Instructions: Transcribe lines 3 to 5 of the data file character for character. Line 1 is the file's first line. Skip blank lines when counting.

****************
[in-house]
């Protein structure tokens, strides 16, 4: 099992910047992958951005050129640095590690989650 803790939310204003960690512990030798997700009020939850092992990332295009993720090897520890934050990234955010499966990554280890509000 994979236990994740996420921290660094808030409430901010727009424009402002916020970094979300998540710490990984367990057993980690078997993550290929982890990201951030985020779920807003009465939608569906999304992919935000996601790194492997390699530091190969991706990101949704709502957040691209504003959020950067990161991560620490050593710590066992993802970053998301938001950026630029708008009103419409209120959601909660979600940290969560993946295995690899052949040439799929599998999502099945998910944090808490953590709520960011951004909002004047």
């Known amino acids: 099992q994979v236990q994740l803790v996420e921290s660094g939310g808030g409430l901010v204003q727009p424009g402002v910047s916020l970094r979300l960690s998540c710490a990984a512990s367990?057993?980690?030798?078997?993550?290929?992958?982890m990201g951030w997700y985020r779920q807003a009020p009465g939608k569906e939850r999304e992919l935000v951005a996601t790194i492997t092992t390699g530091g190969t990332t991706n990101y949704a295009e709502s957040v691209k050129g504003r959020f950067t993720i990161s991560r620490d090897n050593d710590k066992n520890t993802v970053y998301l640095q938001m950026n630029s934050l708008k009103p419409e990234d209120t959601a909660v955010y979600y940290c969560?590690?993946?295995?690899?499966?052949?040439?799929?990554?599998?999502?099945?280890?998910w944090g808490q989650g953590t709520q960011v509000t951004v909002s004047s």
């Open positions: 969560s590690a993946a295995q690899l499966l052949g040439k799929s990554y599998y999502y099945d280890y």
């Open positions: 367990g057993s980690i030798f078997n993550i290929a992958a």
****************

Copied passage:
């Known amino acids: 099992q994979v236990q994740l803790v996420e921290s660094g939310g808030g409430l901010v204003q727009p424009g402002v910047s916020l970094r979300l960690s998540c710490a990984a512990s367990?057993?980690?030798?078997?993550?290929?992958?982890m990201g951030w997700y985020r779920q807003a009020p009465g939608k569906e939850r999304e992919l935000v951005a996601t790194i492997t092992t390699g530091g190969t990332t991706n990101y949704a295009e709502s957040v691209k050129g504003r959020f950067t993720i990161s991560r620490d090897n050593d710590k066992n520890t993802v970053y998301l640095q938001m950026n630029s934050l708008k009103p419409e990234d209120t959601a909660v955010y979600y940290c969560?590690?993946?295995?690899?499966?052949?040439?799929?990554?599998?999502?099945?280890?998910w944090g808490q989650g953590t709520q960011v509000t951004v909002s004047s």
């Open positions: 969560s590690a993946a295995q690899l499966l052949g040439k799929s990554y599998y999502y099945d280890y």
């Open positions: 367990g057993s980690i030798f078997n993550i290929a992958a």